But this new study adds to existing evidence that blocking out ambient light improves sleep quality, which is generally associated with improved cognition. Wearing a sleep mask is potentially very helpful in improving sleep. However, do not expect gigantic effects. Similarly, blocking out intermittent disruptive noises with earplugs or listening to “colored” sounds (brown or pink noise, similar to white noise) can also help improve sleep.
To sleep better, say goodnight to your phone
Spending too much time on your phone, iPad or computer as bedtime approaches can be a real problem for many people. For example, research suggests that when you keep your phone on in your bedroom at night, you “sleep with one eye open.” In other words, you are more likely to be vulnerable to alert stimuli (like tones or a screen that lights up) if the alert stimulus (your phone) is nearby. It disturbs sleep.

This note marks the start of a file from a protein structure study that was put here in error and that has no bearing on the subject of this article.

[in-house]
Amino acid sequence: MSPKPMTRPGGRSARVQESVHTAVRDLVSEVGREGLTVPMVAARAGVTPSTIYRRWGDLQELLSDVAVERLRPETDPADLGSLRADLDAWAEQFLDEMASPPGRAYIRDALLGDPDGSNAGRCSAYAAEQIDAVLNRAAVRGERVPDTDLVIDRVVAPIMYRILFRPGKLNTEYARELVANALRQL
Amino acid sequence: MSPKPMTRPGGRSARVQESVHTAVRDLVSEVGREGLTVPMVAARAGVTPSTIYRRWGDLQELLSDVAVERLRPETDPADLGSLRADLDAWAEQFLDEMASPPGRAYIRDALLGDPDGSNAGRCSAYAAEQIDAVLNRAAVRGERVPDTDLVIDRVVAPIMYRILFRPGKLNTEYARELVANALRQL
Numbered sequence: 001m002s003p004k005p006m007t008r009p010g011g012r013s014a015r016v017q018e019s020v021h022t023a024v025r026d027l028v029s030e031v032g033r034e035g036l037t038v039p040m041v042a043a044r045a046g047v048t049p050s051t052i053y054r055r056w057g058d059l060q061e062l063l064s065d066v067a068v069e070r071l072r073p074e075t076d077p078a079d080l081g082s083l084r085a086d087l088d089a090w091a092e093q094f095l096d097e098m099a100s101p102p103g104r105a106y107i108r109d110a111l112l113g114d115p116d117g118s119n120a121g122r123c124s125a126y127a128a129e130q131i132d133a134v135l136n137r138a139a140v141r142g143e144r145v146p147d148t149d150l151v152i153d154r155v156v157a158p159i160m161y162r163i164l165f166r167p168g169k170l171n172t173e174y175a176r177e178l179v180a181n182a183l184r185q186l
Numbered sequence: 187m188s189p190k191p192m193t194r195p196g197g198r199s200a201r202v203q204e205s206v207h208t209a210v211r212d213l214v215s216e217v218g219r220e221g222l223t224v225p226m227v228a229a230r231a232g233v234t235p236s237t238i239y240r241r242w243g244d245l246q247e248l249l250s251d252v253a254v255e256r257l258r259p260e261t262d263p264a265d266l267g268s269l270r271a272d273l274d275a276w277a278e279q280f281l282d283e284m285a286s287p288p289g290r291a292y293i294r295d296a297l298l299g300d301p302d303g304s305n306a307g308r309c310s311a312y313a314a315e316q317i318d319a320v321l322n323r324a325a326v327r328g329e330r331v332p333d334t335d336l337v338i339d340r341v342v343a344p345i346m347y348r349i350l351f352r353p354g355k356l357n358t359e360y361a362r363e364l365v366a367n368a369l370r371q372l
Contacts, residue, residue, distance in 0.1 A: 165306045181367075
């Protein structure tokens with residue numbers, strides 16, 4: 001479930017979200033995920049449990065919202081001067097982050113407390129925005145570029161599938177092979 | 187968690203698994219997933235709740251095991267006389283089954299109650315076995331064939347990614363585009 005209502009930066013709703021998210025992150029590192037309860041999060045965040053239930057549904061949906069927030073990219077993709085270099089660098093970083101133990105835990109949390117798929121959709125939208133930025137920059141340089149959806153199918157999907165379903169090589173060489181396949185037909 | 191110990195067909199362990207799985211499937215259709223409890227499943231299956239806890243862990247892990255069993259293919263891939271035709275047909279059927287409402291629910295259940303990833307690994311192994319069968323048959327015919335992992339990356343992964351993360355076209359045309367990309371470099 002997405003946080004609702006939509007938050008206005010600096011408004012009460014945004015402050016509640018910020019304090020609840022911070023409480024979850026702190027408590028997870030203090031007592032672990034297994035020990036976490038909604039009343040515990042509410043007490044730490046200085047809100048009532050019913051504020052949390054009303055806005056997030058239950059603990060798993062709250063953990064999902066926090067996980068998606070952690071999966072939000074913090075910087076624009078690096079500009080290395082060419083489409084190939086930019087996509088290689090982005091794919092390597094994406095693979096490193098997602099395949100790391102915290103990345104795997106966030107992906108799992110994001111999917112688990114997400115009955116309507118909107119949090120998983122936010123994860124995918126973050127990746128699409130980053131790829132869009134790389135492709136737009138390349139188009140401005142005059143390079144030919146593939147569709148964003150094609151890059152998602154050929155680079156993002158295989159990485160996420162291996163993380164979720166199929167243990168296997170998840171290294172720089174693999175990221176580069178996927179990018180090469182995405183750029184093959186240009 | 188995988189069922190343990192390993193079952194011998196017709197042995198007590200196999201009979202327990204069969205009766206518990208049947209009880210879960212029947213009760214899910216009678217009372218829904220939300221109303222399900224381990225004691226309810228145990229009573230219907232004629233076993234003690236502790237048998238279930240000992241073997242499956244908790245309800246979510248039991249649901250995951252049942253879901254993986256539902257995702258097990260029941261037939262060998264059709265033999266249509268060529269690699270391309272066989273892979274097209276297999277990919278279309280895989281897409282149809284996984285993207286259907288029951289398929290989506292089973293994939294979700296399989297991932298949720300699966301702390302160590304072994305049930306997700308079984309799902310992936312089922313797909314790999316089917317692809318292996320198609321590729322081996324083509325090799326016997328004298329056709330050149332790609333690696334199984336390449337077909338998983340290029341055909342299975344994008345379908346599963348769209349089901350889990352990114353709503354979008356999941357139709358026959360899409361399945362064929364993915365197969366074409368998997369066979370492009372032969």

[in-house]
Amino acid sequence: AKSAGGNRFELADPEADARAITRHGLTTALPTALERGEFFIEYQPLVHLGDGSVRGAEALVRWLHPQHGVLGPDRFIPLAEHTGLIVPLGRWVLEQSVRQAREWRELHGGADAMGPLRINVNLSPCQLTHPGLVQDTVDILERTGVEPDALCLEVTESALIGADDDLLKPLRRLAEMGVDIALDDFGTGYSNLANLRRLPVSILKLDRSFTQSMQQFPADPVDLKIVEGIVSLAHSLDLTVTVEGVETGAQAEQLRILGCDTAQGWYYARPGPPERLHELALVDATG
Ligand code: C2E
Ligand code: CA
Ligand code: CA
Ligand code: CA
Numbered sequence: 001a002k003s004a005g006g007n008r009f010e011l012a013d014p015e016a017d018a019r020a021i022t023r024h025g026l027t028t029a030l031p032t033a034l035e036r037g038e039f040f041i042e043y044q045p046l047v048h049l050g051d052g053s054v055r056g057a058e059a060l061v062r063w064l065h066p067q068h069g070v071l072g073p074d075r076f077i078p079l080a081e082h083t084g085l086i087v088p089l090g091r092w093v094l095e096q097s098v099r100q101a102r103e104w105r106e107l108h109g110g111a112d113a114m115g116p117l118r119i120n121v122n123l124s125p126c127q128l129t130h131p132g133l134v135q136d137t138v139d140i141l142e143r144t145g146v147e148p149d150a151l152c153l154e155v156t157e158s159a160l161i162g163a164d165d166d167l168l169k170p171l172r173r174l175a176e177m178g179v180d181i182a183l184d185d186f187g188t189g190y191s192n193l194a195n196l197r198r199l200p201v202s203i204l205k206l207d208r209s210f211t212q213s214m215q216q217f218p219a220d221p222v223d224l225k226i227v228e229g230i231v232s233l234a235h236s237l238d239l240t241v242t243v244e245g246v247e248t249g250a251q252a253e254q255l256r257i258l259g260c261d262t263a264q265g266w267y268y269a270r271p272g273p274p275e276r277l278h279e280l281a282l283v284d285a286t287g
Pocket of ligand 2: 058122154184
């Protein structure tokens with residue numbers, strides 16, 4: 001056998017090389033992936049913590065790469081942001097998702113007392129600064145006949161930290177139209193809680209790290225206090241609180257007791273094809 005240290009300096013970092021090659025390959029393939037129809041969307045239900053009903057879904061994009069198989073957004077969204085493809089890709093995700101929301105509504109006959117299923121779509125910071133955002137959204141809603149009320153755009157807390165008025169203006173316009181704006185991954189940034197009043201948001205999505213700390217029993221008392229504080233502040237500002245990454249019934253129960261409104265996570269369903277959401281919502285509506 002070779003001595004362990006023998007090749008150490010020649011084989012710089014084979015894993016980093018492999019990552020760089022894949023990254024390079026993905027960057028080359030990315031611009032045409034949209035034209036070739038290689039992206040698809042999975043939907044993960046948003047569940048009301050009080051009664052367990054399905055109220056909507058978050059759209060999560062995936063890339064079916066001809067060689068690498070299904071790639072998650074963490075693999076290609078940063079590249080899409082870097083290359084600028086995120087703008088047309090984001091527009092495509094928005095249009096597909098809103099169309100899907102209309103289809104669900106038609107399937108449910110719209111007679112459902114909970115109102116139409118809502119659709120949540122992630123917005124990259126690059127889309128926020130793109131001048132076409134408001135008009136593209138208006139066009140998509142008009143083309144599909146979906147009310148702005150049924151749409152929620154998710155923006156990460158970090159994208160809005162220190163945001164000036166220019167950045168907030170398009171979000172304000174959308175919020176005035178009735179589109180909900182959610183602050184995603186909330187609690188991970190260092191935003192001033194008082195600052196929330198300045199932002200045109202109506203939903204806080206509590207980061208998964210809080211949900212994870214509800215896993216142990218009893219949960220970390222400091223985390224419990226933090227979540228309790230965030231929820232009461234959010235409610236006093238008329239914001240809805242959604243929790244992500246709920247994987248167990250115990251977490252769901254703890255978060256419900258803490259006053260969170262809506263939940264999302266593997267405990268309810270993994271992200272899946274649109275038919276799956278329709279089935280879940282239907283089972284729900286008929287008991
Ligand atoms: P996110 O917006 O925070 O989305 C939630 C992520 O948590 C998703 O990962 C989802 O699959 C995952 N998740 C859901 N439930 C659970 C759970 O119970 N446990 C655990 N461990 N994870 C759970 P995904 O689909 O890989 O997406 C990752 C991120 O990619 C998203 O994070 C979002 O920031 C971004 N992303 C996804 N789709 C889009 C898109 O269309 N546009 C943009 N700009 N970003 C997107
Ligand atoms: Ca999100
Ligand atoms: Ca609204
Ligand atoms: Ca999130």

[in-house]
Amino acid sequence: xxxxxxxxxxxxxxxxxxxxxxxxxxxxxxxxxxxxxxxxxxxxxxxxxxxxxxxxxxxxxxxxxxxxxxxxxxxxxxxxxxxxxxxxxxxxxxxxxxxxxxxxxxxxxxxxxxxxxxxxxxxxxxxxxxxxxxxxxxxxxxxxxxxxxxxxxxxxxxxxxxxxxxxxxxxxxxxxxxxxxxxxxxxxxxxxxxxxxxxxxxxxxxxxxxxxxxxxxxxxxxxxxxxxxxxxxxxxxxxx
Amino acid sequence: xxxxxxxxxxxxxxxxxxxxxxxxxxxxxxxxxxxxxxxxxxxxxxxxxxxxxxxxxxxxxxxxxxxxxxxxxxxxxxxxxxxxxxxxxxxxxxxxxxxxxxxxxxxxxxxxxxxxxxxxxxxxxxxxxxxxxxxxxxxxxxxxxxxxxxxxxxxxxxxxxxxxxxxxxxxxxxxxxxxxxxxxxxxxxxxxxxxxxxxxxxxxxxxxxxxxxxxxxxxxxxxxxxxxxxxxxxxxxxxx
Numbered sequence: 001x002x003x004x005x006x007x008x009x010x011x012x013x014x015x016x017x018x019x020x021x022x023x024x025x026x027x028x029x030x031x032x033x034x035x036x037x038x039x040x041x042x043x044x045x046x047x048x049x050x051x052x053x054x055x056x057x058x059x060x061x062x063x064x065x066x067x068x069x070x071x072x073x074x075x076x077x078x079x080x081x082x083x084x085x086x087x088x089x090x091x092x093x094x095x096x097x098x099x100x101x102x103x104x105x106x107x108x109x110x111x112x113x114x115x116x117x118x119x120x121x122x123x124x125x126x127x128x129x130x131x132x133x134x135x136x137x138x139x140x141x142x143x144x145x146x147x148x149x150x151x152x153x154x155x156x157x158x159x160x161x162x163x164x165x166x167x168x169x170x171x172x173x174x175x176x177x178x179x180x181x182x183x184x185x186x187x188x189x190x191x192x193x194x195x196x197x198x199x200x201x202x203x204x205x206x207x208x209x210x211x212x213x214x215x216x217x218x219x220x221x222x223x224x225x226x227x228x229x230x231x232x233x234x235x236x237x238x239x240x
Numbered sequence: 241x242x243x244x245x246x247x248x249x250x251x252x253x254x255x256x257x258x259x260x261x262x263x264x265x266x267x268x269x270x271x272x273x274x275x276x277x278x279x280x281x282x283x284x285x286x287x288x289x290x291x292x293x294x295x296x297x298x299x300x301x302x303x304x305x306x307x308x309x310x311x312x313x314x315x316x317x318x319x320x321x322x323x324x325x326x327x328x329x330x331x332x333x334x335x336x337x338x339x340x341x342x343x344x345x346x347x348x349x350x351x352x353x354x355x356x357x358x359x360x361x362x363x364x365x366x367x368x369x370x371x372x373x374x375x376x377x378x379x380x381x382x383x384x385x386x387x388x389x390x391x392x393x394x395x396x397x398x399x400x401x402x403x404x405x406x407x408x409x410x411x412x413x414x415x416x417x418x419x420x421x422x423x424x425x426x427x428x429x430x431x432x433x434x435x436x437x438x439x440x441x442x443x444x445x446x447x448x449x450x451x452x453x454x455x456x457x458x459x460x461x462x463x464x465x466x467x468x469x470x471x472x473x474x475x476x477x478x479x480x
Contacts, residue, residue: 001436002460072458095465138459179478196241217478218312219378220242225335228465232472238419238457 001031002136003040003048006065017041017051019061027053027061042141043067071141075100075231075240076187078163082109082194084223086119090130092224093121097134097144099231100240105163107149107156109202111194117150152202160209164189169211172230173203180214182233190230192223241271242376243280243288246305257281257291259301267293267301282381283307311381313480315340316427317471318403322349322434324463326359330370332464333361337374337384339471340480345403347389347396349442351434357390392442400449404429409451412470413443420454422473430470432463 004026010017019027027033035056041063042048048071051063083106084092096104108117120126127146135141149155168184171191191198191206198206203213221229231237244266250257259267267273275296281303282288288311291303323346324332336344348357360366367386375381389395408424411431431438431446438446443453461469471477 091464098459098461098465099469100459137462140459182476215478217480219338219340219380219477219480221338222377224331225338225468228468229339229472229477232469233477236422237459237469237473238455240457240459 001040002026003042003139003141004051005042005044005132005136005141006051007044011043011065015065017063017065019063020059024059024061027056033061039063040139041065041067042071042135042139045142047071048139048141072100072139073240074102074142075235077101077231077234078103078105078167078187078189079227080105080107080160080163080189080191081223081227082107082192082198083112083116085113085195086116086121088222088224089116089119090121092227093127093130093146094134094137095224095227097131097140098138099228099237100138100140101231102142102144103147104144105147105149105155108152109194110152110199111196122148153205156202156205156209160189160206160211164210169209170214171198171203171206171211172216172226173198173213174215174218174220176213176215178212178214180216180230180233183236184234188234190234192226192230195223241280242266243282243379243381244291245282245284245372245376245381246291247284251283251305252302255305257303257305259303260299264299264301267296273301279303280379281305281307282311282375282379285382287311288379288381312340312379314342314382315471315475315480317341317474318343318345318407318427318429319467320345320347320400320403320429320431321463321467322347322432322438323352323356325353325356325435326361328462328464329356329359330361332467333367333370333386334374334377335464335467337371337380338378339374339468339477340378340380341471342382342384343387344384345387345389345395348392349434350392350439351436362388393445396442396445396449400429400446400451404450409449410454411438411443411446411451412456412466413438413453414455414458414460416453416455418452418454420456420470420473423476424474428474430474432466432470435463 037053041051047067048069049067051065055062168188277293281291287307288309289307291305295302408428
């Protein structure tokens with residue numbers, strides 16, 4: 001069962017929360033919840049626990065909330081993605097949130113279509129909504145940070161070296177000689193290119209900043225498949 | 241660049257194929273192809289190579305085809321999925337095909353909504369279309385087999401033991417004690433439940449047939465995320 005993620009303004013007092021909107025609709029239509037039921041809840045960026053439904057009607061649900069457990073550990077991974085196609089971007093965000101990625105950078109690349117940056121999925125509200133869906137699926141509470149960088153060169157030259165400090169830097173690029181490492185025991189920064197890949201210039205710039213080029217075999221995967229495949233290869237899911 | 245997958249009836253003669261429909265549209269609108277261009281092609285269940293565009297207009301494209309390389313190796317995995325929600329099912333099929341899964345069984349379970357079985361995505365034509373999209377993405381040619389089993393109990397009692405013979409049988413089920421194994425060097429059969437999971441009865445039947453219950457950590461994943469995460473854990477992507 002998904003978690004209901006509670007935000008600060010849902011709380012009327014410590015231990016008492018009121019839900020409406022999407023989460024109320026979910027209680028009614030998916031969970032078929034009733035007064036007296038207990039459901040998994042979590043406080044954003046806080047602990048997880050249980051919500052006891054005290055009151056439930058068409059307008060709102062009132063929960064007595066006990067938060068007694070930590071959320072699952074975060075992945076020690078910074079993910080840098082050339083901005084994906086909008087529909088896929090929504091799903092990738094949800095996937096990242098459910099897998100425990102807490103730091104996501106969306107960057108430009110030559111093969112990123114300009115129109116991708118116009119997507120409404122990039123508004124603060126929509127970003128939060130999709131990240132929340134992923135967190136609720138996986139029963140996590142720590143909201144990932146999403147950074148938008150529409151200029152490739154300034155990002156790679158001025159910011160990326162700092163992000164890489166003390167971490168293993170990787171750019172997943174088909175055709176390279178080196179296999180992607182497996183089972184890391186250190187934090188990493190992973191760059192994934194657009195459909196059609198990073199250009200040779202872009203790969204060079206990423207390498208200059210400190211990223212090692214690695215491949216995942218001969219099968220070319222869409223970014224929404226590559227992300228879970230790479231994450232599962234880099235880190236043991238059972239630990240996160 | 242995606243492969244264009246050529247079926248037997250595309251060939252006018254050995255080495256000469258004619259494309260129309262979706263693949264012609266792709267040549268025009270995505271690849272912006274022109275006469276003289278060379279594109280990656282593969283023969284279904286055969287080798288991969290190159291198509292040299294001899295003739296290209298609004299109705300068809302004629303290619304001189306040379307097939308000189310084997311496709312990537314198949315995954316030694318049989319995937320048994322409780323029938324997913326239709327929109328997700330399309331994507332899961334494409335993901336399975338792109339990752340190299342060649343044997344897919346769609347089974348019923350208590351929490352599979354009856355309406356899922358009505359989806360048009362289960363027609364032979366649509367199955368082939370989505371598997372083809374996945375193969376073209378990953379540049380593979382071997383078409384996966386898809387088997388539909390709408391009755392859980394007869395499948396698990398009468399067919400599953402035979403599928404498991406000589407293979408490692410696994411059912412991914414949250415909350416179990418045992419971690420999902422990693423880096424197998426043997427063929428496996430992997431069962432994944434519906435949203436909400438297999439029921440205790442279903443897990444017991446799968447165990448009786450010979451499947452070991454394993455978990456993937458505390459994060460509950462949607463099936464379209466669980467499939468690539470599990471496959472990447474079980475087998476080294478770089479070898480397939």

For people who have trouble getting enough or quality sleep, the phone should be in another room and it should be turned off. All screens should be turned off at least one hour before bedtime. A consistent bedtime and wakeup time, as well as avoiding alcohol and caffeine before bedtime, also improve sleep. Many little things done right can contribute to a better night’s sleep, but don’t beat yourself up when things don’t go your way. Often, we put pressure on ourselves to be the best performers in all areas, including sleep.